The Five Year Forward View for Mental Health: One Year On

NHS England’s National Director for Mental Health, Claire Murdoch, takes a look at the progress made in the first year of the Five Year Forward View programme.

We are currently marking the first anniversary of the publication of the Mental Health Taskforce Report and there are three things I want to say about this. Thank you; thank you; and thank you.

My first thank you is to Simon Stevens for commissioning the Independent Task Force, to Paul Farmer, Chief Executive of Mind, for leading it and to the thousands who contributed. The resulting report has not sat on a shelf – it has provided a credible road map for all of us who believe that better mental health services are an essential component of a civilised and vibrant society and NHS. It also led to me joining the team at NHS England with senior responsibility for the implementation of 20 plus recommendations for the NHS, and delivery of the most ambitious and exciting plan for mental health in a generation.

My second thank you is to the workforce. Over the past year I have witnessed impressive determination across the NHS and beyond, to drive improvements in mental health services. We published our implementation plan in July:  a clear, muscular plan, low on frills and high on deliverables. With sign up from NHS England, NHS Improvement, Public Health England, the Department of Health and Health Education England, it aims to deliver timely, evidence-based interventions to a million more people by 2021. A short time on, we have already seen some impressive delivery against this, including:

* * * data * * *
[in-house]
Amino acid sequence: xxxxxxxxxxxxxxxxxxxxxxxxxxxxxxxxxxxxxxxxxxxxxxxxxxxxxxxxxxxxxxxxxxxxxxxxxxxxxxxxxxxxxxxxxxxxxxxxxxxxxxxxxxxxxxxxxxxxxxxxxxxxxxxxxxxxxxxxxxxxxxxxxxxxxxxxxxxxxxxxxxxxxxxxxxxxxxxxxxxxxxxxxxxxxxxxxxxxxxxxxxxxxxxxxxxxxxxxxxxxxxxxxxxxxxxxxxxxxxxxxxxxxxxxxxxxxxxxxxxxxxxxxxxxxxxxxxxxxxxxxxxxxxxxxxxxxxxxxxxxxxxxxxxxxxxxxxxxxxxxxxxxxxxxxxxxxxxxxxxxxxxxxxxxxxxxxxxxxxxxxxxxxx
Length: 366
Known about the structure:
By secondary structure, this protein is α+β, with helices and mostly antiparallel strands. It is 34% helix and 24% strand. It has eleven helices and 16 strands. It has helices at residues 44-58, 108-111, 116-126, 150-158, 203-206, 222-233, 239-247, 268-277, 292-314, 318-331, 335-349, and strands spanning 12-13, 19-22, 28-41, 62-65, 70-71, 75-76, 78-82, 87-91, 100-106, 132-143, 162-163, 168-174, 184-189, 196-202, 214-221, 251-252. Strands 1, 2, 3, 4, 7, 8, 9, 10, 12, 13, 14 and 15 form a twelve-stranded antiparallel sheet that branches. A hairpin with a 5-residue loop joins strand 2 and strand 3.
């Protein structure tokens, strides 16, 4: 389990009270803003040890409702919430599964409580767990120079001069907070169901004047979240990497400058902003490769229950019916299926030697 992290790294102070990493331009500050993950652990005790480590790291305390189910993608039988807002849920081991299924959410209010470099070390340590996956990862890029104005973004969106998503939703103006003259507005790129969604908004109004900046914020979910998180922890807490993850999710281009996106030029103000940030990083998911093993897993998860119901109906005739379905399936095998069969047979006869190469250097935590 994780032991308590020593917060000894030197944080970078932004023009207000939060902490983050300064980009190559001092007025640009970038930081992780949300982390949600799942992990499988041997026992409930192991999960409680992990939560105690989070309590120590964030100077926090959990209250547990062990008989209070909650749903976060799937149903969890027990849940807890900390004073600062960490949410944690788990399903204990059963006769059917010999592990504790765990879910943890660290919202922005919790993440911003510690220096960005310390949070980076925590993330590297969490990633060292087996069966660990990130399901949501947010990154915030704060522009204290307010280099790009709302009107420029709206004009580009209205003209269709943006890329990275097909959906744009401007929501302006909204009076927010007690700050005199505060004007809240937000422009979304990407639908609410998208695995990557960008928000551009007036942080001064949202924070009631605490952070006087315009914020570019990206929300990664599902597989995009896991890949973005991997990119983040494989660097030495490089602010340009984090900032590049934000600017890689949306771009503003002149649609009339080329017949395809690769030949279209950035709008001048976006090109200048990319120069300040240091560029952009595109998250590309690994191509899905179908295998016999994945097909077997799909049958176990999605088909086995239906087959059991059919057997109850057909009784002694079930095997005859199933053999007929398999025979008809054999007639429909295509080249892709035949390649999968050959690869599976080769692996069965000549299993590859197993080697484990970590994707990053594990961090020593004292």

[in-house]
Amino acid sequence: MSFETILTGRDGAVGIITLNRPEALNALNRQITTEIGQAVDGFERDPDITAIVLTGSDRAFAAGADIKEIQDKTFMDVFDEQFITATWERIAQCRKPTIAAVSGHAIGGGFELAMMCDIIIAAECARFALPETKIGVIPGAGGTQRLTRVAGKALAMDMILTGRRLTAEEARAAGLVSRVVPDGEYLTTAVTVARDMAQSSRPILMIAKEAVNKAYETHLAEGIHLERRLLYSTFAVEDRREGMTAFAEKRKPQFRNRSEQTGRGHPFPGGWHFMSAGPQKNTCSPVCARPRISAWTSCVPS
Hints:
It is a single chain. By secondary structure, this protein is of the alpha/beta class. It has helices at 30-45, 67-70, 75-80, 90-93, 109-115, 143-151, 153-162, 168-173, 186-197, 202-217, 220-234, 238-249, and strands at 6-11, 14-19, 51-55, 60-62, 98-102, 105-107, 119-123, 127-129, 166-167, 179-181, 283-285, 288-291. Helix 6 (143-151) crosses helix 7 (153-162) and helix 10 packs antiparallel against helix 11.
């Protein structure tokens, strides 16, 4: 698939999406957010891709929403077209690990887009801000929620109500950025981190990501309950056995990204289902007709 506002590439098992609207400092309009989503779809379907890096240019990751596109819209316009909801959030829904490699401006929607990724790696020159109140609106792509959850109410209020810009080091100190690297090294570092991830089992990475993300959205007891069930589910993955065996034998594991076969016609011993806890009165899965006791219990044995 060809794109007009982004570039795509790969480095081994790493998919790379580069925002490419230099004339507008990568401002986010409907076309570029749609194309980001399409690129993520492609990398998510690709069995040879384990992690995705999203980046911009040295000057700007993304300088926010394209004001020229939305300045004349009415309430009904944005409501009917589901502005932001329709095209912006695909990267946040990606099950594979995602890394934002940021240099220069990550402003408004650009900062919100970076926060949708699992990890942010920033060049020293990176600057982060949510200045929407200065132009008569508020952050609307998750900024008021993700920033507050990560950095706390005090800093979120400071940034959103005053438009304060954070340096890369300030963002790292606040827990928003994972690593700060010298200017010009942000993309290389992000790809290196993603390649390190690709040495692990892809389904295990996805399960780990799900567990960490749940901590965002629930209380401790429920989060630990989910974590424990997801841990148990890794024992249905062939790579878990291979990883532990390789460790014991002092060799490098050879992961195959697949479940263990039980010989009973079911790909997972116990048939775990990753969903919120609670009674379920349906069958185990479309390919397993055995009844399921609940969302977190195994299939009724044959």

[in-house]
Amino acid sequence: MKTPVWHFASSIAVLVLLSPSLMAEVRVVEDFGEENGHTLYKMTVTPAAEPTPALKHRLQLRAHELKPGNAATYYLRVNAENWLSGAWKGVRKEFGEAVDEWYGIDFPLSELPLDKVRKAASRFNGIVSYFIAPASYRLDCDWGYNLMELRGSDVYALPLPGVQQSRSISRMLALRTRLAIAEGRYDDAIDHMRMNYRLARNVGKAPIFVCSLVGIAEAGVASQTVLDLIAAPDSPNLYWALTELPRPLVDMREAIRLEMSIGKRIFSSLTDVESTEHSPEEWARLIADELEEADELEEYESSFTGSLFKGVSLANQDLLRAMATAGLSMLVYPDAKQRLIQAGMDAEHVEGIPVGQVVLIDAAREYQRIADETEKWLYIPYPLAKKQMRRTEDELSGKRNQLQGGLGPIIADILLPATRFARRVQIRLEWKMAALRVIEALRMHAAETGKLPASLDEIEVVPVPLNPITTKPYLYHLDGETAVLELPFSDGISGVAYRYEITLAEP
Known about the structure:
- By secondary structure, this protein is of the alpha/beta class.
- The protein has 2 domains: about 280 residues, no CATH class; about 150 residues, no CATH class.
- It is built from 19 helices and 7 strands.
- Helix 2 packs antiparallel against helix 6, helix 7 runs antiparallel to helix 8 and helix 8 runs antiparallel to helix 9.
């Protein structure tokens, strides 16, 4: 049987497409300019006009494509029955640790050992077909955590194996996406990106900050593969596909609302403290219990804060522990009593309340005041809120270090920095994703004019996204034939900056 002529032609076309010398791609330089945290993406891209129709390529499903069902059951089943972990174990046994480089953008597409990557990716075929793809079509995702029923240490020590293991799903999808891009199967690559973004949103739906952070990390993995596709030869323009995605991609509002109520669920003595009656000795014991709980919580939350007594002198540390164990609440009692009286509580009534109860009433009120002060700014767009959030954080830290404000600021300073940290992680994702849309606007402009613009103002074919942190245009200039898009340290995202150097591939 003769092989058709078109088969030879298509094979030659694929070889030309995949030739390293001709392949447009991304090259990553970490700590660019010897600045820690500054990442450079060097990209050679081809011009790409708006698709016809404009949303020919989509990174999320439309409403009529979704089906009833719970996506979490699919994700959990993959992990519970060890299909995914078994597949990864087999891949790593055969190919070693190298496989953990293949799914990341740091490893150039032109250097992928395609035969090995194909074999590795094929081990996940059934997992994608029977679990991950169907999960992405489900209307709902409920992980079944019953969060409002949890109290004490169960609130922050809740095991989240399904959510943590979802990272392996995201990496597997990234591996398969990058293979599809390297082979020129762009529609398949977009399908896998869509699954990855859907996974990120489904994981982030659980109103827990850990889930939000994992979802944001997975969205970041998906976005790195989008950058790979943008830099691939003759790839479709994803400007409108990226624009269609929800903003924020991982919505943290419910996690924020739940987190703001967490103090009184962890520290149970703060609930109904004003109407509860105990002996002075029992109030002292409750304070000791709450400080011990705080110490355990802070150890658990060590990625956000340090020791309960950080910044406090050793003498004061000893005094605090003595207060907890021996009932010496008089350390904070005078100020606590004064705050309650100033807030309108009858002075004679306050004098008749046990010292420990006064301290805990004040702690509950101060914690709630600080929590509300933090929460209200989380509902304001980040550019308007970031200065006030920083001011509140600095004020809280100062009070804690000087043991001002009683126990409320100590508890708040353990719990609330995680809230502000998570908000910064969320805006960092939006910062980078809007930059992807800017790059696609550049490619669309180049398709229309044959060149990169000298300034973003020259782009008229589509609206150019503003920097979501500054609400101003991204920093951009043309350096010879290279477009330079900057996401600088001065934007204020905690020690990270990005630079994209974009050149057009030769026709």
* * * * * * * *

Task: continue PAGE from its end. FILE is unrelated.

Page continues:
• The first ever national access standard for children and young people with an eating disorder is now being measured in community teams.
  • New funds have supported improved specialist perinatal community services across 90 CCGs.
  • 87.7 per cent of people entering psychological therapy treatment waited less than 6 weeks.
  • Over 10,000 people with a first episode of psychosis started treatment with a specialist team; and
  • 74 per cent of people who started this treatment did so in two weeks.

This is just a snapshot of what’s been going on – see more in our One Year On Report.  We have a huge range of plans to improve mental health – from community eating disorder services for children to psychological therapies for people with physical health conditions or court diversion schemes – and lots in between. These treatments are almost completely new on a national scale and it is thrilling to know they will be mainstreamed by 2021.

It has been heartening to see commissioners shaping their mental health strategies; investing in what works and to see GPs and providers across the spectrum making more accessible, evidence-based care, a reality. We’re now seeing integrated models in primary care, in the management of long term conditions, in A&E departments and on the wards of acute hospitals. These are all examples of the benefits of intervening swiftly and expertly in interrelated physical and mental health conditions and settings.